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performed by the urban local bodies to arenas such as urban and town planning, regulation of land use planning for economic and social development, ‘safeguarding the interests of weaker sections of society’ including the handicapped and mentally retarded, slum improvement and upgradation, urban poverty alleviation and promotion of cultural, educational and aesthetic aspects. The subject of cattle pounds has been extended to include, prevention of cruelty to animal (The Tenth Plan, 2002-07).

Also significantly, there are around 73,000 elected representatives in the ULBs all over the country. This shows that democracy has percolated down to the lowest level and is effective at the grass roots; at least the right start has been made. As per the official document, the role set out for the ULBs in the immediate future will be:

• to be responsive and accountable to the community

• to develop cities with standards of service comparable to the best in that particular category; and

• to constantly improve their capabilities so as to equip themselves to undertake their tasks in resource raising, service provision and poverty alleviation(ibid).

As can be seen, the tasks are onerous. The question is, whether requisite institutional capacity has been created and whether the administrative expertise exists to carry through the aforesaid functions. The success of the venture, if it is not to be a mere paper venture, would depend on the commitment of political parties ruling different states to developing institutional capacity and administrative capability, through training elected local functionaries in the nuances of administration through workshops organised for the purpose and thereupon, delegation of tasks. As per the New Public Management principle, that is the guiding maxim behind democratic decentralisation in the present context, innovative regimes such as public-private participation, in urban infrastructure development and channelising of non-government organisations in a synergetic mode with the government to augment ‘total (system) capacity at the local level. Development of capacity is crucial since that would encourage the state bureaucracy to delegate, since there would be the assurance that the task would be successfully accomplished. Since delegation thrives on trust of the subordinate’s capability, the same would have to be developed to create the right environment for delegation.

Moreover, like the eleventh schedule, it is not clear how the three tier bodies would work in tandem to accomplish the tasks, as these subjects are not clearly demarcated between different local units of the urban local government, leaving it to respective states to work out the arrangements by themselves in this regard. This has given the states the liberty to impose their own choices in this respect, which has at times created more confusion than order, regarding what is to be delegated and what is not. This has created a much undesirable situation of flux in the local administration scenario. This is not conducive either to its sustenance or development in the future. Notably, the 64th and the 65th amendments were defeated in the Rajya Sabha, because they did not give this much discretion to the states in the design of local government reforms (Chaudhari, 2003). The new amendments divide the provisions into mandatory, denoted by “shall” and discretionary, denoted with “may”. In many cases although the powers have been transferred on paper, their actual transfer has not taken place, and the concerned government departments at the state level retain monopoly over those subjects who are handling them directly rather than operating through the concerned local unit. Similar is the case with transfer of funds. This is critical since the main problem that the local units have always faced hitherto, has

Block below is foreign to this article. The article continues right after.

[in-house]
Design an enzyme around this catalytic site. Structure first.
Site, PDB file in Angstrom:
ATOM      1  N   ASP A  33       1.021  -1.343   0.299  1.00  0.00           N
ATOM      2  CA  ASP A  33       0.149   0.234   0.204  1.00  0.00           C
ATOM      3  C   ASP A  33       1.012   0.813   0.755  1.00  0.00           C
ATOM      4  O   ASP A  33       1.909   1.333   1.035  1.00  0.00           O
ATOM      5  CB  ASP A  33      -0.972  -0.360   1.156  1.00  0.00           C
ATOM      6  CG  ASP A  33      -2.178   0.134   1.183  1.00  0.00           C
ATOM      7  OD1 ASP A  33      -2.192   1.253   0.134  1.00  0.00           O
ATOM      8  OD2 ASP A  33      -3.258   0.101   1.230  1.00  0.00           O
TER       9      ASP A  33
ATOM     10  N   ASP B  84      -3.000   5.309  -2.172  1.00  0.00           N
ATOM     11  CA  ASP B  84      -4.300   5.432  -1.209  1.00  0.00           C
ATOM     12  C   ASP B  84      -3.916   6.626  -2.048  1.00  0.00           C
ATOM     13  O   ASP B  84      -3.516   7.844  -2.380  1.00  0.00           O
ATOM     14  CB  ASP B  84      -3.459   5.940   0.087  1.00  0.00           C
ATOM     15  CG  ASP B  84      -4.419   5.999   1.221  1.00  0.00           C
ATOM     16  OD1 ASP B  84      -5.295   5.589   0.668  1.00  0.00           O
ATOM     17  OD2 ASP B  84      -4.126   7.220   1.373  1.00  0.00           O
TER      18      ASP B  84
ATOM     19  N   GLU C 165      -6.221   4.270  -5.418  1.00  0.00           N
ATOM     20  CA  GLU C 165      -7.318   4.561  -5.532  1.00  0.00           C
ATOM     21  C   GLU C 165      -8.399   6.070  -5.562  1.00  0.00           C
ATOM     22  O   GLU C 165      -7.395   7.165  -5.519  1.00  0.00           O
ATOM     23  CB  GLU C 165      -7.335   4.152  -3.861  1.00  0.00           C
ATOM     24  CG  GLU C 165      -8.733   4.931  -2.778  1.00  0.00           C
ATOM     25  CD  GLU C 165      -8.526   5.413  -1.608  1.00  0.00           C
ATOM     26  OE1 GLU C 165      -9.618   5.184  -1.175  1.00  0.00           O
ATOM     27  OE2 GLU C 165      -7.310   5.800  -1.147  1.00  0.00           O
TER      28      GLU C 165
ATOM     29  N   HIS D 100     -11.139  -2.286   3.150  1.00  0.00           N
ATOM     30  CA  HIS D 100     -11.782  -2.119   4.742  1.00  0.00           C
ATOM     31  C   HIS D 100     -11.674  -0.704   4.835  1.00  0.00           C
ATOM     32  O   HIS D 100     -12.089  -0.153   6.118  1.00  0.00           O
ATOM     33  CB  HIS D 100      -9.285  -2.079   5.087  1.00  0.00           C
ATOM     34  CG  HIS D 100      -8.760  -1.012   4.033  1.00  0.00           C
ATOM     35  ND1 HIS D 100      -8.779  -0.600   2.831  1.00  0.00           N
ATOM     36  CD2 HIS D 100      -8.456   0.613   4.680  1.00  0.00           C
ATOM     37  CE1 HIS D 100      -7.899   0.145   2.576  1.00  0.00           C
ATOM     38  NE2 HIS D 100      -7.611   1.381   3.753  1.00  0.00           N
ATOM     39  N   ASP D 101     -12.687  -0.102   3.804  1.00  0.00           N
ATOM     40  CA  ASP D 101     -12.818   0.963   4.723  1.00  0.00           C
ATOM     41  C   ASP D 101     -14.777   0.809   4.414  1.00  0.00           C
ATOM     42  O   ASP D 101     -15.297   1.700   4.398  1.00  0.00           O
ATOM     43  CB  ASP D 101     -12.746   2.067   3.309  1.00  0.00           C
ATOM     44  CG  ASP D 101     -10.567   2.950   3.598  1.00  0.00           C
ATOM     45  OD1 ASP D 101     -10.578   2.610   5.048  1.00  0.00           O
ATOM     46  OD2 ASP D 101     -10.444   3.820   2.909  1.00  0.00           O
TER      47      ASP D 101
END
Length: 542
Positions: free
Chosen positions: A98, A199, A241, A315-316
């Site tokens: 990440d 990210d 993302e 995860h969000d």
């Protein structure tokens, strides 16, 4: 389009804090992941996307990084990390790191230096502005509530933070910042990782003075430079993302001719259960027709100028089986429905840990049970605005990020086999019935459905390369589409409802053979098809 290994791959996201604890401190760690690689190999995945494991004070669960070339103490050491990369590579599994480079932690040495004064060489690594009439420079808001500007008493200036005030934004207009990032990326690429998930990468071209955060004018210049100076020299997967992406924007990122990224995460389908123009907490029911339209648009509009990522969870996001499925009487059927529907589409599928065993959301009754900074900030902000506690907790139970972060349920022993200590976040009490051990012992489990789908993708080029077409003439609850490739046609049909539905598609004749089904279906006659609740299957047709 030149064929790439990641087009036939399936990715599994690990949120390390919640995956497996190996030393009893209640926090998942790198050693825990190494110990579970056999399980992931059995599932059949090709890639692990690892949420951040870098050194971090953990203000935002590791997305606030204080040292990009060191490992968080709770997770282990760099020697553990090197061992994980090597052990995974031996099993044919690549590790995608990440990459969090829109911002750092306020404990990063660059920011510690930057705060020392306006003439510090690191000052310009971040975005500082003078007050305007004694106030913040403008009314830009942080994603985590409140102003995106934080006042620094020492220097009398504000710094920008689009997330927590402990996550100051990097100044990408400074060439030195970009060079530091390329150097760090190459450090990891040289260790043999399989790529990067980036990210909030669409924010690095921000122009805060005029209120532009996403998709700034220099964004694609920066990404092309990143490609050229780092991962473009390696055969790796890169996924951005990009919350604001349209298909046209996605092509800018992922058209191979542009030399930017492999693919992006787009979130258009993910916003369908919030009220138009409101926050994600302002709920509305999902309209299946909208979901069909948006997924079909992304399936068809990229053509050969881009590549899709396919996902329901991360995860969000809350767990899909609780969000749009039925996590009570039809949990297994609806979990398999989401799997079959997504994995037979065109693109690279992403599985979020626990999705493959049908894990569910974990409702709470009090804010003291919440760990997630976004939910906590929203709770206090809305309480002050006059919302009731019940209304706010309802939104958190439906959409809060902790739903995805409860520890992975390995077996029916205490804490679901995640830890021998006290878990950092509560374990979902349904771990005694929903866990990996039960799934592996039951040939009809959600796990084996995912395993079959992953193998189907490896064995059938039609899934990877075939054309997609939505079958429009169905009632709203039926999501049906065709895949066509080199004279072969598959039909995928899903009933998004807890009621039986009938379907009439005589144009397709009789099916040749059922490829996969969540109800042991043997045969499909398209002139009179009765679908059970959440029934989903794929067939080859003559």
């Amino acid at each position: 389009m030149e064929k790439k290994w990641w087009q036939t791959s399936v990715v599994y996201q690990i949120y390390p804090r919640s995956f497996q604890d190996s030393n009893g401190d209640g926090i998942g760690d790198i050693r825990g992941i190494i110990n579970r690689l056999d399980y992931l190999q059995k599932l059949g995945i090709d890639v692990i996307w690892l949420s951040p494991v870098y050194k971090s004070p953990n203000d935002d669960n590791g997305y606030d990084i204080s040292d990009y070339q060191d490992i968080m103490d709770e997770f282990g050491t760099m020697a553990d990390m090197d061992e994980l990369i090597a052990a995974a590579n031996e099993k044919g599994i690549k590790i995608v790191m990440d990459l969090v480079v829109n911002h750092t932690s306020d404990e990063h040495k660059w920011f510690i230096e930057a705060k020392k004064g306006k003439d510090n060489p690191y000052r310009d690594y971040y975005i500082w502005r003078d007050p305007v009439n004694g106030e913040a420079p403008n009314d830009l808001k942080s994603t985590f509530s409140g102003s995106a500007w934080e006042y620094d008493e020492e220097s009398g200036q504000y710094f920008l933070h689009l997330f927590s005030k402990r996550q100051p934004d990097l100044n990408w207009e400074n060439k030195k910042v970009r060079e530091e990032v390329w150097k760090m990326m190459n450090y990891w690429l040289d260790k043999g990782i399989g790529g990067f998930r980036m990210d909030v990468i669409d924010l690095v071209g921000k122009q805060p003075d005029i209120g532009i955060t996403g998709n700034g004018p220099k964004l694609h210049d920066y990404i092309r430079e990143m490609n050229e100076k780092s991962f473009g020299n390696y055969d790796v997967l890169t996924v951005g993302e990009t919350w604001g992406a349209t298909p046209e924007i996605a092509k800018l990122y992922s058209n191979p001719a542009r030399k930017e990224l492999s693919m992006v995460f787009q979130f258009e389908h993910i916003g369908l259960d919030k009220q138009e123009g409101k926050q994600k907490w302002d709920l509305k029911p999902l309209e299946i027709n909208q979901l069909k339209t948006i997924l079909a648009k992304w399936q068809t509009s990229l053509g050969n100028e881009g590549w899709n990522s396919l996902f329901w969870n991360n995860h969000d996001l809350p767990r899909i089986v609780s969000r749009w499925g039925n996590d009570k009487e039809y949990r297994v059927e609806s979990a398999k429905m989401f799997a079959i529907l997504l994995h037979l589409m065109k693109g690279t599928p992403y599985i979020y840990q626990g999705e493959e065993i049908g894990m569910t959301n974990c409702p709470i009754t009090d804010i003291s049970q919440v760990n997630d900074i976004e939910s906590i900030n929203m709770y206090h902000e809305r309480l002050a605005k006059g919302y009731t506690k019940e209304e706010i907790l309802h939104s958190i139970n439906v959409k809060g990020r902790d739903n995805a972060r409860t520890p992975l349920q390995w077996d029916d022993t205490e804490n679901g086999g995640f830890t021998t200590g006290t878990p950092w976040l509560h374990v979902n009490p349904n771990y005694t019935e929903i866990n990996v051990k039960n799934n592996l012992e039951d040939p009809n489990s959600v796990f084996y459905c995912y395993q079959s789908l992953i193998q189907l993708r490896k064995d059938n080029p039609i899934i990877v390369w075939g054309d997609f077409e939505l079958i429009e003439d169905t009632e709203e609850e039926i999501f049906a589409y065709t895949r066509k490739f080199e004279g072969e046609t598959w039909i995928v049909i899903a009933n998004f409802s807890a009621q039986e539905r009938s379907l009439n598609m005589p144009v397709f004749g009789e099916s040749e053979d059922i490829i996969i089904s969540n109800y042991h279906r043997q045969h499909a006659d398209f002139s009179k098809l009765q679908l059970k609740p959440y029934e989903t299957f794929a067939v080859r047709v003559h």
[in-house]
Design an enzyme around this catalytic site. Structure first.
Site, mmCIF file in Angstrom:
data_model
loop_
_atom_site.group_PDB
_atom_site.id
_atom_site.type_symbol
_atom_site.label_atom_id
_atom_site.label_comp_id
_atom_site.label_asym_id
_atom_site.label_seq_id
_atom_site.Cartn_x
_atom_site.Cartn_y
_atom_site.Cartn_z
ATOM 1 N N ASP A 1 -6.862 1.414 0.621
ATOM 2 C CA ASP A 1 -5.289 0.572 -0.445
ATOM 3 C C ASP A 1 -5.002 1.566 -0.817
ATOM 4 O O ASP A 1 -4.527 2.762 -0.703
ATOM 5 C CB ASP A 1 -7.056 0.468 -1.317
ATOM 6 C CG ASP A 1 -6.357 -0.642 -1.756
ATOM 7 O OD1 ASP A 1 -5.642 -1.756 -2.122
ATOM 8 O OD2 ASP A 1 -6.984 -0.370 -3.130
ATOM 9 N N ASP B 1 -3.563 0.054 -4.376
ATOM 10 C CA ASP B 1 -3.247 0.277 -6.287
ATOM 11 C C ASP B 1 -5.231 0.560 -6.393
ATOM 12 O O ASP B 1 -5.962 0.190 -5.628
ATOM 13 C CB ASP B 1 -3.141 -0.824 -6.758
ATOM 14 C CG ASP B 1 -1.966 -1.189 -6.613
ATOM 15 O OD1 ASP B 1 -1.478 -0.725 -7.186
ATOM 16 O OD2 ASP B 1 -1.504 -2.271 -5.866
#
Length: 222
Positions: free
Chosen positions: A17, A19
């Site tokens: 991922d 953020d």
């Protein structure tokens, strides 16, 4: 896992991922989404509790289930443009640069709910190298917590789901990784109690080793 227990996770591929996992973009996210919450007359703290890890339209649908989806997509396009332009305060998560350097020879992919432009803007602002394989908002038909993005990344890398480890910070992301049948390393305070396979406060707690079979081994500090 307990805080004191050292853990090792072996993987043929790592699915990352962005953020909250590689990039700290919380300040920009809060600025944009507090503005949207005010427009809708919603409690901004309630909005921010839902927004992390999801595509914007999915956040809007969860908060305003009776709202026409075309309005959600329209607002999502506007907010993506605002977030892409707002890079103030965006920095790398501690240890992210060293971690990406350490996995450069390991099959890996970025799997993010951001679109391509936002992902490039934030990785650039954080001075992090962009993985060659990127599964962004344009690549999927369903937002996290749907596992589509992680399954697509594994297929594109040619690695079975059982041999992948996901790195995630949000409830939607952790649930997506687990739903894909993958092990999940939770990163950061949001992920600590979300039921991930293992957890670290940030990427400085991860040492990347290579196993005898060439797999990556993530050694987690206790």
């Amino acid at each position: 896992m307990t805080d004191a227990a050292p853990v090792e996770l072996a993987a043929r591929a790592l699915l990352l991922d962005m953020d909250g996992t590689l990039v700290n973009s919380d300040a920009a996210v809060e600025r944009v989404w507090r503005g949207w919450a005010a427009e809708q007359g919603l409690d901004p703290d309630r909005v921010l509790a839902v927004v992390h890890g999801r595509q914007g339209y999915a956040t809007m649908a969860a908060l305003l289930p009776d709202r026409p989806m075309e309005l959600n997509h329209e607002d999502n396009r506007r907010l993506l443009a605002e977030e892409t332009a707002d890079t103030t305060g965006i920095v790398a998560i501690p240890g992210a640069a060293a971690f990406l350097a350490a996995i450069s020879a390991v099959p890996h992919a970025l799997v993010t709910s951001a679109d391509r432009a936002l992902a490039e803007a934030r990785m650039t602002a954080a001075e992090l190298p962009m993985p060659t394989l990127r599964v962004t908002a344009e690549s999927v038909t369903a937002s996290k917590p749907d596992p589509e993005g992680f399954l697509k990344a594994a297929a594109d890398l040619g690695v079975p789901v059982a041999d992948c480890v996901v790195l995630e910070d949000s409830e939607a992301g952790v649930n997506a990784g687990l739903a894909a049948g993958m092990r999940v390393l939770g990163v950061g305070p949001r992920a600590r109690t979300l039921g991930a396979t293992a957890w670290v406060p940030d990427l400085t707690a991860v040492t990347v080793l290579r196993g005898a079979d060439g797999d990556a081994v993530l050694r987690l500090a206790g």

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been lack of financial resources. In the absence of proper funds, powers become meaningless because the same cannot be translated effectively into real efforts and outcomes. An obvious contradiction is that on the one hand the local bodies are staving for funds but on the other hand, elected representatives want more allowances and other perks and facilities in view of their newly acquired constitutional status. The above bottlenecks need to be taken care of if the Constitution (seventy- forth) Amendment has to become a reality, both in letter and spirit.

74th Amendment Act provides for the constitution, by every state, of a State Finance Commission, within one year of the amendment and thereafter every five years, regarding the financial resources of local bodies. Unfortunately, the recommendations of the Commission are not binding on the respective states. But still the Municipalities blame the State Governments that they are not getting the required finances to run the urban body.

In spite of the fact that the 74th Amendment visualises the ‘people’s participation’ as one of the main objectives, the people’s actual participation in the municipal affairs of the city is still limited. Major cause of this attitude is that the people look towards the municipal bodies with inherent suspicion and take it for granted that their problems and grievances will not be taken care of.

As most of the municipalities are badly governed, no private party is willing to shake hands with the municipal authorities. Private parties also think that to push their project through the municipal authorities is really time consuming and wasteful (Dixit, 2004). Lot of effort would need to be put in to change this negative perception of municipalities. The effort has been made on paper. Now the constitutional scheme needs to be worked out in practice. Computerisation would help cut on delays; there would be more certainty about records and also their timely availability. Training of municipal personnel has to be taken up in right earnest to develop requisite ‘managerial’ capabilities among staff, so work is performed on the basis of sound managerial principles.